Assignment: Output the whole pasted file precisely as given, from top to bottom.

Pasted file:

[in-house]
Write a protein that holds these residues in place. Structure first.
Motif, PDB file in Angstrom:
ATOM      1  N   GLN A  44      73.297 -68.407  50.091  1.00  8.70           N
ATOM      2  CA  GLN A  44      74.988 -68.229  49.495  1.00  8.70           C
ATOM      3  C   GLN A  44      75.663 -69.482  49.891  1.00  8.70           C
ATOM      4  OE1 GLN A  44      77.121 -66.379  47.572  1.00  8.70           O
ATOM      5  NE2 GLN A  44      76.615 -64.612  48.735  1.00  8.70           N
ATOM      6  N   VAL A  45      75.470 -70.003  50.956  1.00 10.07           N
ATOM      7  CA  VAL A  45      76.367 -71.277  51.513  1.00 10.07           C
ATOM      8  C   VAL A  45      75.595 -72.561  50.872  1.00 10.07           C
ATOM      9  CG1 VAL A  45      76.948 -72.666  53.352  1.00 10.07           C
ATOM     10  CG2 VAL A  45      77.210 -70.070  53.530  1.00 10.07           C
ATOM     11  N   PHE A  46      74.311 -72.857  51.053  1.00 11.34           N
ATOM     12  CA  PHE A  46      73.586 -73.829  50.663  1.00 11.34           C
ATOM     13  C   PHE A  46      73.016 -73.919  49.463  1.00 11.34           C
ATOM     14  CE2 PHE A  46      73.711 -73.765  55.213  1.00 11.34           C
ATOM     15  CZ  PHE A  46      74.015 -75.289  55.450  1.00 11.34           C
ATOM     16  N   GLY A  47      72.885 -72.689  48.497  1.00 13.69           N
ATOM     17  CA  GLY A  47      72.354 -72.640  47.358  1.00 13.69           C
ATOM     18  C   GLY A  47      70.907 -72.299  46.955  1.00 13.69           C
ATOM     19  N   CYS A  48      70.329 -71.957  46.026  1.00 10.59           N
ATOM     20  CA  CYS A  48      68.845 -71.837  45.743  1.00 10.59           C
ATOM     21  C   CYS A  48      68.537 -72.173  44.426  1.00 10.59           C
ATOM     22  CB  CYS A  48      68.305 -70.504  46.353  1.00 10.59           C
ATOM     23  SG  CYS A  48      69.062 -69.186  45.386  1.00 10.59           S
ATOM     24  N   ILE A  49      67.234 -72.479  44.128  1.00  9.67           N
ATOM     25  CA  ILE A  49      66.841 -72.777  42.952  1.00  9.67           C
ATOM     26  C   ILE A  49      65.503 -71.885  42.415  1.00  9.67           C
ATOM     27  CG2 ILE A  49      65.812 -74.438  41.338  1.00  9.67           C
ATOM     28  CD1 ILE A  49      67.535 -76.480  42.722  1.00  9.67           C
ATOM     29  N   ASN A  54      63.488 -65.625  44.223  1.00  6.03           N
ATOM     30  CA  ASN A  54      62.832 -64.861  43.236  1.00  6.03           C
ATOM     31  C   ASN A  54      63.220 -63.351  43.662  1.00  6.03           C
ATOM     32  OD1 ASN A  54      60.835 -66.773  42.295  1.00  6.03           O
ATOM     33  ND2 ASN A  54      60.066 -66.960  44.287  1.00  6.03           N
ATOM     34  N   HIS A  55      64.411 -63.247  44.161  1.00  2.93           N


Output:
[in-house]
Write a protein that holds these residues in place. Structure first.
Motif, PDB file in Angstrom:
ATOM      1  N   GLN A  44      73.297 -68.407  50.091  1.00  8.70           N
ATOM      2  CA  GLN A  44      74.988 -68.229  49.495  1.00  8.70           C
ATOM      3  C   GLN A  44      75.663 -69.482  49.891  1.00  8.70           C
ATOM      4  OE1 GLN A  44      77.121 -66.379  47.572  1.00  8.70           O
ATOM      5  NE2 GLN A  44      76.615 -64.612  48.735  1.00  8.70           N
ATOM      6  N   VAL A  45      75.470 -70.003  50.956  1.00 10.07           N
ATOM      7  CA  VAL A  45      76.367 -71.277  51.513  1.00 10.07           C
ATOM      8  C   VAL A  45      75.595 -72.561  50.872  1.00 10.07           C
ATOM      9  CG1 VAL A  45      76.948 -72.666  53.352  1.00 10.07           C
ATOM     10  CG2 VAL A  45      77.210 -70.070  53.530  1.00 10.07           C
ATOM     11  N   PHE A  46      74.311 -72.857  51.053  1.00 11.34           N
ATOM     12  CA  PHE A  46      73.586 -73.829  50.663  1.00 11.34           C
ATOM     13  C   PHE A  46      73.016 -73.919  49.463  1.00 11.34           C
ATOM     14  CE2 PHE A  46      73.711 -73.765  55.213  1.00 11.34           C
ATOM     15  CZ  PHE A  46      74.015 -75.289  55.450  1.00 11.34           C
ATOM     16  N   GLY A  47      72.885 -72.689  48.497  1.00 13.69           N
ATOM     17  CA  GLY A  47      72.354 -72.640  47.358  1.00 13.69           C
ATOM     18  C   GLY A  47      70.907 -72.299  46.955  1.00 13.69           C
ATOM     19  N   CYS A  48      70.329 -71.957  46.026  1.00 10.59           N
ATOM     20  CA  CYS A  48      68.845 -71.837  45.743  1.00 10.59           C
ATOM     21  C   CYS A  48      68.537 -72.173  44.426  1.00 10.59           C
ATOM     22  CB  CYS A  48      68.305 -70.504  46.353  1.00 10.59           C
ATOM     23  SG  CYS A  48      69.062 -69.186  45.386  1.00 10.59           S
ATOM     24  N   ILE A  49      67.234 -72.479  44.128  1.00  9.67           N
ATOM     25  CA  ILE A  49      66.841 -72.777  42.952  1.00  9.67           C
ATOM     26  C   ILE A  49      65.503 -71.885  42.415  1.00  9.67           C
ATOM     27  CG2 ILE A  49      65.812 -74.438  41.338  1.00  9.67           C
ATOM     28  CD1 ILE A  49      67.535 -76.480  42.722  1.00  9.67           C
ATOM     29  N   ASN A  54      63.488 -65.625  44.223  1.00  6.03           N
ATOM     30  CA  ASN A  54      62.832 -64.861  43.236  1.00  6.03           C
ATOM     31  C   ASN A  54      63.220 -63.351  43.662  1.00  6.03           C
ATOM     32  OD1 ASN A  54      60.835 -66.773  42.295  1.00  6.03           O
ATOM     33  ND2 ASN A  54      60.066 -66.960  44.287  1.00  6.03           N
ATOM     34  N   HIS A  55      64.411 -63.247  44.161  1.00  2.93           N